The History of Scuba Diving – by AquaViews

history of scuba divingFreediving is as ancient an activity as humanity itself, and the predecessor to scuba diving. More than any other sport, freediving is based on old subconscious reflexes written in the human.

For the first nine months of our lives, we humans exist in an aquatic environment very similar to seawater. If a human infant is submerged underwater, it instinctively holds its breath for up to 40 seconds while making swimming motions, although we seem to lose this ability as soon as we commence walking. Awakening these reflexes is one of the most important elements of freediving, thus giving humans better abilities to be protected at large depths.

The word Apnea derives from the Greek word a-pnoia literally meaning “without breathing.” The origin of this word doesn’t have connection to water, but in modern athletic terminology “Apnea” has become a synonym for freediving. Apnea means diving on one breath of air, without using equipment that would make it possible to breathe underwater.

In the 16th century people began to use diving bells supplied with air from the surface, probably the first effective means of staying under water for any length of time. The bell was held stationary a few feet from the surface, its bottom open to water and its top portion containing air compressed by the water pressure. A diver standing upright would have his head in the air. He could leave the bell for a minute or two to collect sponges or explore the bottom, and then return for a short while until air in the bell was no longer breathable.

In 16th century England and France, full diving suits made of leather were used to depths of 60 feet. Air was pumped down from the surface with the aid of manual pumps. Soon helmets were made of metal to withstand even greater water pressure and divers went deeper. By the 1830s, the surface-supplied air helmet was perfected well enough to allow extensive salvage work.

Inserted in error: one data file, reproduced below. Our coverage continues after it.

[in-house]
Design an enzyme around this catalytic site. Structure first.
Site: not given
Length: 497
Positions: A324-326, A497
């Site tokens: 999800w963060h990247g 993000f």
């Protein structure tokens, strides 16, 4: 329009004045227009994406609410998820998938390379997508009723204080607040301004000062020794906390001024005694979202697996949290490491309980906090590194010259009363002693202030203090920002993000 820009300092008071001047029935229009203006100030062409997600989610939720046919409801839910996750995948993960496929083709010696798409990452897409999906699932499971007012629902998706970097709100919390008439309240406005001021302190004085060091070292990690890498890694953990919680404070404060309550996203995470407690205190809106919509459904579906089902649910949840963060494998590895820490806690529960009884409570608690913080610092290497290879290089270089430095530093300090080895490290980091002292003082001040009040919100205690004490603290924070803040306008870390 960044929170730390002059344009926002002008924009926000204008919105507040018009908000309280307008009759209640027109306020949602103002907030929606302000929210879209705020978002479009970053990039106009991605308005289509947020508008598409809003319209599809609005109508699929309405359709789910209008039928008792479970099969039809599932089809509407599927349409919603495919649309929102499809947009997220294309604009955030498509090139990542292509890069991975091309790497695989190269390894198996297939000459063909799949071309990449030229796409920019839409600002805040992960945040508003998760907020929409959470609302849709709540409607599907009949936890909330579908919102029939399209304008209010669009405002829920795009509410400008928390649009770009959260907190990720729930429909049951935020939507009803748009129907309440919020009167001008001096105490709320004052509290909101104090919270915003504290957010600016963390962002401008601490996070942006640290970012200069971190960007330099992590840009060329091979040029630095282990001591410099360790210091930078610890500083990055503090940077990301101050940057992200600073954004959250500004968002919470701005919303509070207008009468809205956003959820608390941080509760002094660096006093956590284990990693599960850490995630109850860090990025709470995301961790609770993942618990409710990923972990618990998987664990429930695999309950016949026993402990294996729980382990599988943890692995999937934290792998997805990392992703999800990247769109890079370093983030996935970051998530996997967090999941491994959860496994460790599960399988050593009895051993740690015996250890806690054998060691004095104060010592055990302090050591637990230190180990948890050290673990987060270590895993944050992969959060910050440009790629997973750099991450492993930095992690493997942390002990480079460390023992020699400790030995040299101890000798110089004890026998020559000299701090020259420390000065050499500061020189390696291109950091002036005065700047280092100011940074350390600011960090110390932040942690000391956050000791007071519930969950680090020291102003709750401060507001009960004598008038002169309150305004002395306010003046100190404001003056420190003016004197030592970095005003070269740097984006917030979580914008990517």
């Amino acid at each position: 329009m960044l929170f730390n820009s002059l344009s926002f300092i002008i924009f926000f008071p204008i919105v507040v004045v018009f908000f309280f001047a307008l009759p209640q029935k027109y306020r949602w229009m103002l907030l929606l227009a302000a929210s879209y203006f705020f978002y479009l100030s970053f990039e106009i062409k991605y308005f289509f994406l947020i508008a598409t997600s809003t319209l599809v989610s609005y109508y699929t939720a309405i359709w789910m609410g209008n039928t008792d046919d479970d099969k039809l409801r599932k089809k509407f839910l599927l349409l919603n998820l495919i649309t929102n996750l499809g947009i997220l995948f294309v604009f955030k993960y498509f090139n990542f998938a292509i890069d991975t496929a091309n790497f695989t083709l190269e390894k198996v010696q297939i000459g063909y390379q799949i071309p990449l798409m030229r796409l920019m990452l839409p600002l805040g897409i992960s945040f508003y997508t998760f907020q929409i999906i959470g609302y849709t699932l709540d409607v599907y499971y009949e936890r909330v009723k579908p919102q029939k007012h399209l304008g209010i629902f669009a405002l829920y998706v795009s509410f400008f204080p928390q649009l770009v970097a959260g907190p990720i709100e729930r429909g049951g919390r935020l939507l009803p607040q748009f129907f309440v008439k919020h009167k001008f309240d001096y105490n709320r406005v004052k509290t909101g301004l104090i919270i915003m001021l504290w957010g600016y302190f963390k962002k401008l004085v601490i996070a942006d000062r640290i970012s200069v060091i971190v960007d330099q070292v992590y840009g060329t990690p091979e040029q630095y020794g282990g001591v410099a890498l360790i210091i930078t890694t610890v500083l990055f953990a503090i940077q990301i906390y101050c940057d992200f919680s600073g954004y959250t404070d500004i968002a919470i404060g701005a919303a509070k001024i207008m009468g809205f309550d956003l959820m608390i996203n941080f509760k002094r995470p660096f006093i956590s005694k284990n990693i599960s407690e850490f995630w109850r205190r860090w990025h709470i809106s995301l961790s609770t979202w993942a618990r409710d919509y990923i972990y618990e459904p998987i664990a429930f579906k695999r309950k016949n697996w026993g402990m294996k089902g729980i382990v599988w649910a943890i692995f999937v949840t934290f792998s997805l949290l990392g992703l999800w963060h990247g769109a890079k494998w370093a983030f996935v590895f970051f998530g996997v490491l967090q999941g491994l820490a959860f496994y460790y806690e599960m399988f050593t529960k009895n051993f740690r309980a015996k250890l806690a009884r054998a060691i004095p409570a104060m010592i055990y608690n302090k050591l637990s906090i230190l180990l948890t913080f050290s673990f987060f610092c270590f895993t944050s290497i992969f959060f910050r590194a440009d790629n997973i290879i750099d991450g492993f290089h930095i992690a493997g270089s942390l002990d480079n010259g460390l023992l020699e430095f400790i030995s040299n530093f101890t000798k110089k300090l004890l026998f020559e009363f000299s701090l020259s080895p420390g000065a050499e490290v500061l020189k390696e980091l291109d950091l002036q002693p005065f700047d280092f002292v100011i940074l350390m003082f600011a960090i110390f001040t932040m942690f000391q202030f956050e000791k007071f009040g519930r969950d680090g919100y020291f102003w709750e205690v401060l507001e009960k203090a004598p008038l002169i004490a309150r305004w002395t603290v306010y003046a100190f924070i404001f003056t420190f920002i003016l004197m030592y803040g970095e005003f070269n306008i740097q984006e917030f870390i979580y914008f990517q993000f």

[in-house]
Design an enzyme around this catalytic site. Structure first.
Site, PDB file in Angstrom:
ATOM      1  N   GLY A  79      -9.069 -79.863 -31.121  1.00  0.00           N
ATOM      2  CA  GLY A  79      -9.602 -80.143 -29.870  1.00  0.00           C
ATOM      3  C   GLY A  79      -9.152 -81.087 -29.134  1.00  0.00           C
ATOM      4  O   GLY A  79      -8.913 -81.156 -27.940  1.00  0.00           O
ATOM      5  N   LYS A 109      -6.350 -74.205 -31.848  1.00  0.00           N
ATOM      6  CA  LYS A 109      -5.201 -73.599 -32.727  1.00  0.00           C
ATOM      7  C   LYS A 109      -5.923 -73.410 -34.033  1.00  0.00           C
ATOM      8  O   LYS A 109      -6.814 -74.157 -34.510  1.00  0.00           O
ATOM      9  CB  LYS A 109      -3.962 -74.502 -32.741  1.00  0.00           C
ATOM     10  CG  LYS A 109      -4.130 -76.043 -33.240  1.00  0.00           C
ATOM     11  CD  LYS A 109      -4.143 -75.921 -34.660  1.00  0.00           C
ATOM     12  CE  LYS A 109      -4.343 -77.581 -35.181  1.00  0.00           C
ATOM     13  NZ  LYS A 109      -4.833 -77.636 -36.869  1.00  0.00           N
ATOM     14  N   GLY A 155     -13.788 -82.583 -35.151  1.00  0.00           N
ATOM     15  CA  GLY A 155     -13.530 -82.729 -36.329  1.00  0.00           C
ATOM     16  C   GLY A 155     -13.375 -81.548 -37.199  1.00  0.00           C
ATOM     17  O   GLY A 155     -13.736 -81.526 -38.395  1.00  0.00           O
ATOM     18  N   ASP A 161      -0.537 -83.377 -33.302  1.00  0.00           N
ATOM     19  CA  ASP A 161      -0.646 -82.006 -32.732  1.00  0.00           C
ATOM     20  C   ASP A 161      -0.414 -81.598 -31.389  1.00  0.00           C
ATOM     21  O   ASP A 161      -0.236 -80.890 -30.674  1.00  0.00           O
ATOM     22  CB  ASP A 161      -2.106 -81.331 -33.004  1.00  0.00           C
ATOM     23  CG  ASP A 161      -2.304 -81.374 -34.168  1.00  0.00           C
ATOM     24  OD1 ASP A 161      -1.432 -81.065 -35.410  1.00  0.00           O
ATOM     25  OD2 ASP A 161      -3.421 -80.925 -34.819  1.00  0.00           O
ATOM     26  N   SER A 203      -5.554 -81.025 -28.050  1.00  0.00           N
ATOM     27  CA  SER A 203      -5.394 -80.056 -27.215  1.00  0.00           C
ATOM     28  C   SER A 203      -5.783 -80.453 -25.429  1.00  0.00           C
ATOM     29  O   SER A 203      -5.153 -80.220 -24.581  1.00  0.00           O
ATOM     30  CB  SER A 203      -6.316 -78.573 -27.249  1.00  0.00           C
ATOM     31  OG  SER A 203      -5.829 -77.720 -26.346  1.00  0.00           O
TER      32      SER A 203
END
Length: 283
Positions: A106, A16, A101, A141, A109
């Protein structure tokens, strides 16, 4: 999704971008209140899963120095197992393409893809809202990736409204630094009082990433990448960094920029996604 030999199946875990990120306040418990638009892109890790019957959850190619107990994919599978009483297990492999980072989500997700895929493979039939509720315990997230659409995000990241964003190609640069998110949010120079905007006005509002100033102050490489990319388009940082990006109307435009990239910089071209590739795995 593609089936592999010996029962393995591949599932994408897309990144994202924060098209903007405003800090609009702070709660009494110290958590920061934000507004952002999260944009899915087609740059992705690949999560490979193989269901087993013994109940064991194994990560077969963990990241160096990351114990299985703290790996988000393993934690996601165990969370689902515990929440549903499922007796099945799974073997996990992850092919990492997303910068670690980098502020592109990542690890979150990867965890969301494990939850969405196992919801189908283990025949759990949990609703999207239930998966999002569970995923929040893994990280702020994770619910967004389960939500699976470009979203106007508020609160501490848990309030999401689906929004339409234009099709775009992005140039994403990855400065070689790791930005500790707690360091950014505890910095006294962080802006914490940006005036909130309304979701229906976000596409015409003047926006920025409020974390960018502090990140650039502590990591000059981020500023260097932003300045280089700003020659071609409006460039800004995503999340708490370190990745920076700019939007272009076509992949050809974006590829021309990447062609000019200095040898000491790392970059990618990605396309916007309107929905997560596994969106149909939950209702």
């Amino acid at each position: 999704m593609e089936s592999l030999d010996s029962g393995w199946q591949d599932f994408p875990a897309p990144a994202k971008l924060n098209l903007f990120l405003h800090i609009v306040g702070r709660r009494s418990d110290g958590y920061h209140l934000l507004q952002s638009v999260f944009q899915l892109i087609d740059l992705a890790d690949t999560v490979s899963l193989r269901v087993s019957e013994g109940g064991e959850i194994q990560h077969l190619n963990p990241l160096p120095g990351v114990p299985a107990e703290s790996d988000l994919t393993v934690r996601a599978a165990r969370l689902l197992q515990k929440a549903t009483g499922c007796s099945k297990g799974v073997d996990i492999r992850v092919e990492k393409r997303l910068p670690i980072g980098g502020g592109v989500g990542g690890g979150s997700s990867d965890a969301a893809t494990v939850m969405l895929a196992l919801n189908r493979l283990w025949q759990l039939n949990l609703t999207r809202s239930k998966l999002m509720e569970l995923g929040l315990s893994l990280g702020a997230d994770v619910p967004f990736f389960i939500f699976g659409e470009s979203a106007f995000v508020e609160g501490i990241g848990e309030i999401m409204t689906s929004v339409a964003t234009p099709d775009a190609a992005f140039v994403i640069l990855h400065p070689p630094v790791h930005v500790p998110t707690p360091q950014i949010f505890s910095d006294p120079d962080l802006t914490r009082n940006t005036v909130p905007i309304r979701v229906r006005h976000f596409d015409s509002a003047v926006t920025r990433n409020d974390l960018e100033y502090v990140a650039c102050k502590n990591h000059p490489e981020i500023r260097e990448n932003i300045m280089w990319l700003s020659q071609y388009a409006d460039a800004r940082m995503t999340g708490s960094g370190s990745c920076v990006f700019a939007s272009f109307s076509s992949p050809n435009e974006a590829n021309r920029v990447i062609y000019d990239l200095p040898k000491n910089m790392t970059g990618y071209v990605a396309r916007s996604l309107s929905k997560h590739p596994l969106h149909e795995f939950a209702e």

history of scuba divingStarting in the 19th century, two main avenues of investigation — one scientific, the other technological — greatly accelerated underwater exploration. Scientific research was advanced by the work of Paul Bert and John Scott Haldane, from France and Scotland respectively. Their studies helped explain effects of water pressure on the body, and also define safe limits for compressed air diving. At the same time, improvements in technology, including compressed air pumps, carbon dioxide scrubbers, regulators, etc., made it possible for people to stay under water for long periods!

Scuba diving has come a long way since then, but it’s still one of the most beloved and adventurous recreational activities of all time!

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